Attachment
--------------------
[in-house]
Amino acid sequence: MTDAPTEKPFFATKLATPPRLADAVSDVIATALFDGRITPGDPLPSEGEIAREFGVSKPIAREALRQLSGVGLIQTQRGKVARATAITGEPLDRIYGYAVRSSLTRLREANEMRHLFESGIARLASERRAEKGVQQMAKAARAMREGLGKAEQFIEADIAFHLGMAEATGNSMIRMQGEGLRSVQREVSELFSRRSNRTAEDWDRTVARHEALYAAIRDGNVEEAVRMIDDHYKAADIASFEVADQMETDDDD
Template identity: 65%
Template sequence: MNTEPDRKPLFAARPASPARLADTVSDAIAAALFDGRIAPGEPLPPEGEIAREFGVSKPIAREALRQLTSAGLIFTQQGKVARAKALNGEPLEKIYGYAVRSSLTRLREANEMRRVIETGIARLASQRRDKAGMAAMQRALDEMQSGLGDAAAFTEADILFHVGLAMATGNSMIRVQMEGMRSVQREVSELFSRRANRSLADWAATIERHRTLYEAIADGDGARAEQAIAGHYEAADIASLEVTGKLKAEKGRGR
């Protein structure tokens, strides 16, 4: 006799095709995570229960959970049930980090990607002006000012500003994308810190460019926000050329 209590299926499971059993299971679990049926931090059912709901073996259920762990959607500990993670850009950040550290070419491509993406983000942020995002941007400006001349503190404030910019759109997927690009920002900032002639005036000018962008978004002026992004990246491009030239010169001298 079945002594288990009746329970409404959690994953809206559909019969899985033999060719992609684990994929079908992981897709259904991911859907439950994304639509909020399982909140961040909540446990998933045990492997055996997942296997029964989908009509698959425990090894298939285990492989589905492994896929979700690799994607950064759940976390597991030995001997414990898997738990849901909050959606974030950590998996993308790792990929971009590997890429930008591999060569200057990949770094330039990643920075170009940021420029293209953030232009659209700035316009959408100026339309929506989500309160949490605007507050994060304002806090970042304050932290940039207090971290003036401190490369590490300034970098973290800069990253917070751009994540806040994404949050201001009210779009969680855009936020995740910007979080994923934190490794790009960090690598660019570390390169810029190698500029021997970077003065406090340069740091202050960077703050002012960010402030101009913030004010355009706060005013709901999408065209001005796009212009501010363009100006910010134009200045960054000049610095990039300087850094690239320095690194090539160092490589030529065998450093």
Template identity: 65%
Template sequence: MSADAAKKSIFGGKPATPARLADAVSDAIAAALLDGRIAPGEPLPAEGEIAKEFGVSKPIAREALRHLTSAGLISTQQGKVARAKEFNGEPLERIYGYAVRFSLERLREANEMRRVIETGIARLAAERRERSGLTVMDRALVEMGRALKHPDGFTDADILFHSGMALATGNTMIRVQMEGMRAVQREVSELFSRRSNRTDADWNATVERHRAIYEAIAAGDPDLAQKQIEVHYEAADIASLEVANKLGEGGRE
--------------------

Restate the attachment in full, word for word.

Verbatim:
[in-house]
Amino acid sequence: MTDAPTEKPFFATKLATPPRLADAVSDVIATALFDGRITPGDPLPSEGEIAREFGVSKPIAREALRQLSGVGLIQTQRGKVARATAITGEPLDRIYGYAVRSSLTRLREANEMRHLFESGIARLASERRAEKGVQQMAKAARAMREGLGKAEQFIEADIAFHLGMAEATGNSMIRMQGEGLRSVQREVSELFSRRSNRTAEDWDRTVARHEALYAAIRDGNVEEAVRMIDDHYKAADIASFEVADQMETDDDD
Template identity: 65%
Template sequence: MNTEPDRKPLFAARPASPARLADTVSDAIAAALFDGRIAPGEPLPPEGEIAREFGVSKPIAREALRQLTSAGLIFTQQGKVARAKALNGEPLEKIYGYAVRSSLTRLREANEMRRVIETGIARLASQRRDKAGMAAMQRALDEMQSGLGDAAAFTEADILFHVGLAMATGNSMIRVQMEGMRSVQREVSELFSRRANRSLADWAATIERHRTLYEAIADGDGARAEQAIAGHYEAADIASLEVTGKLKAEKGRGR
């Protein structure tokens, strides 16, 4: 006799095709995570229960959970049930980090990607002006000012500003994308810190460019926000050329 209590299926499971059993299971679990049926931090059912709901073996259920762990959607500990993670850009950040550290070419491509993406983000942020995002941007400006001349503190404030910019759109997927690009920002900032002639005036000018962008978004002026992004990246491009030239010169001298 079945002594288990009746329970409404959690994953809206559909019969899985033999060719992609684990994929079908992981897709259904991911859907439950994304639509909020399982909140961040909540446990998933045990492997055996997942296997029964989908009509698959425990090894298939285990492989589905492994896929979700690799994607950064759940976390597991030995001997414990898997738990849901909050959606974030950590998996993308790792990929971009590997890429930008591999060569200057990949770094330039990643920075170009940021420029293209953030232009659209700035316009959408100026339309929506989500309160949490605007507050994060304002806090970042304050932290940039207090971290003036401190490369590490300034970098973290800069990253917070751009994540806040994404949050201001009210779009969680855009936020995740910007979080994923934190490794790009960090690598660019570390390169810029190698500029021997970077003065406090340069740091202050960077703050002012960010402030101009913030004010355009706060005013709901999408065209001005796009212009501010363009100006910010134009200045960054000049610095990039300087850094690239320095690194090539160092490589030529065998450093």
Template identity: 65%
Template sequence: MSADAAKKSIFGGKPATPARLADAVSDAIAAALLDGRIAPGEPLPAEGEIAKEFGVSKPIAREALRHLTSAGLISTQQGKVARAKEFNGEPLERIYGYAVRFSLERLREANEMRRVIETGIARLAAERRERSGLTVMDRALVEMGRALKHPDGFTDADILFHSGMALATGNTMIRVQMEGMRAVQREVSELFSRRSNRTDADWNATVERHRAIYEAIAAGDPDLAQKQIEVHYEAADIASLEVANKLGEGGRE